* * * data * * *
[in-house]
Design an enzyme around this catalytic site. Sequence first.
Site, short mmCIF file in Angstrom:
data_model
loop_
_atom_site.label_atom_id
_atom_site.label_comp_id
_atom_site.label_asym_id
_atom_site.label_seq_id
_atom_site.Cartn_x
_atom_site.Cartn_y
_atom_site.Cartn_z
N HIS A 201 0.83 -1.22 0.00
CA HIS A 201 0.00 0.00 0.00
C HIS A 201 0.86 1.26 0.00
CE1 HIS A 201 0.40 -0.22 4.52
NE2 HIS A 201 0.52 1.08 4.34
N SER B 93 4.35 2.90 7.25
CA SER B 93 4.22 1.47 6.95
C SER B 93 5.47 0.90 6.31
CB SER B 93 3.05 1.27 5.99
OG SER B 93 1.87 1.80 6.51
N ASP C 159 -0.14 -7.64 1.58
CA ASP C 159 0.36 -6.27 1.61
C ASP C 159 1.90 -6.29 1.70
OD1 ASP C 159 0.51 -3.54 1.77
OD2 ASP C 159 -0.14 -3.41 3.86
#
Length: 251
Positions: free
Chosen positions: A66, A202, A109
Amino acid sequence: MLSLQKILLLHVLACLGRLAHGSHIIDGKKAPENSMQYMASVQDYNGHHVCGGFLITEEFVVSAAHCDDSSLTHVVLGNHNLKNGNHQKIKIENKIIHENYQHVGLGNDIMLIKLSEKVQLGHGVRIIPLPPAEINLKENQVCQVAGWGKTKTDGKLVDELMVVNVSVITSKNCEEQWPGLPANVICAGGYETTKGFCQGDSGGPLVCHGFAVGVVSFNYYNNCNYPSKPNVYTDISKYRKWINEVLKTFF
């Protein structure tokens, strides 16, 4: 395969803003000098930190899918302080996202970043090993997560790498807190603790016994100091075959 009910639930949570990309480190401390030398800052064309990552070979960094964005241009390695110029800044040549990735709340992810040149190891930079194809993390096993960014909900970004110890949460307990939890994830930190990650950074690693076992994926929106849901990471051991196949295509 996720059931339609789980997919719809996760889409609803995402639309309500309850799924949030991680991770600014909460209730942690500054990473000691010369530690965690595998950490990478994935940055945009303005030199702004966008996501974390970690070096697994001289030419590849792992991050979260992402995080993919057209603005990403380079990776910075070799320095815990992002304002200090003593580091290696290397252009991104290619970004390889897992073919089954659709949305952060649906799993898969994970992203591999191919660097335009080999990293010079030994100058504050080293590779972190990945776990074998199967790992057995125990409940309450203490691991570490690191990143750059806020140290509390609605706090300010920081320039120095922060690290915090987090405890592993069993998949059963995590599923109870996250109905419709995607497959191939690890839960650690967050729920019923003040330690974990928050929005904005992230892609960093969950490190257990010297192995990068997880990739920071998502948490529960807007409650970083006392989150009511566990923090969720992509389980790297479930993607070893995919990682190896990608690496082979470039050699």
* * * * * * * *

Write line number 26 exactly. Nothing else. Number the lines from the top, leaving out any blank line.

OD1 ASP C 159 0.51 -3.54 1.77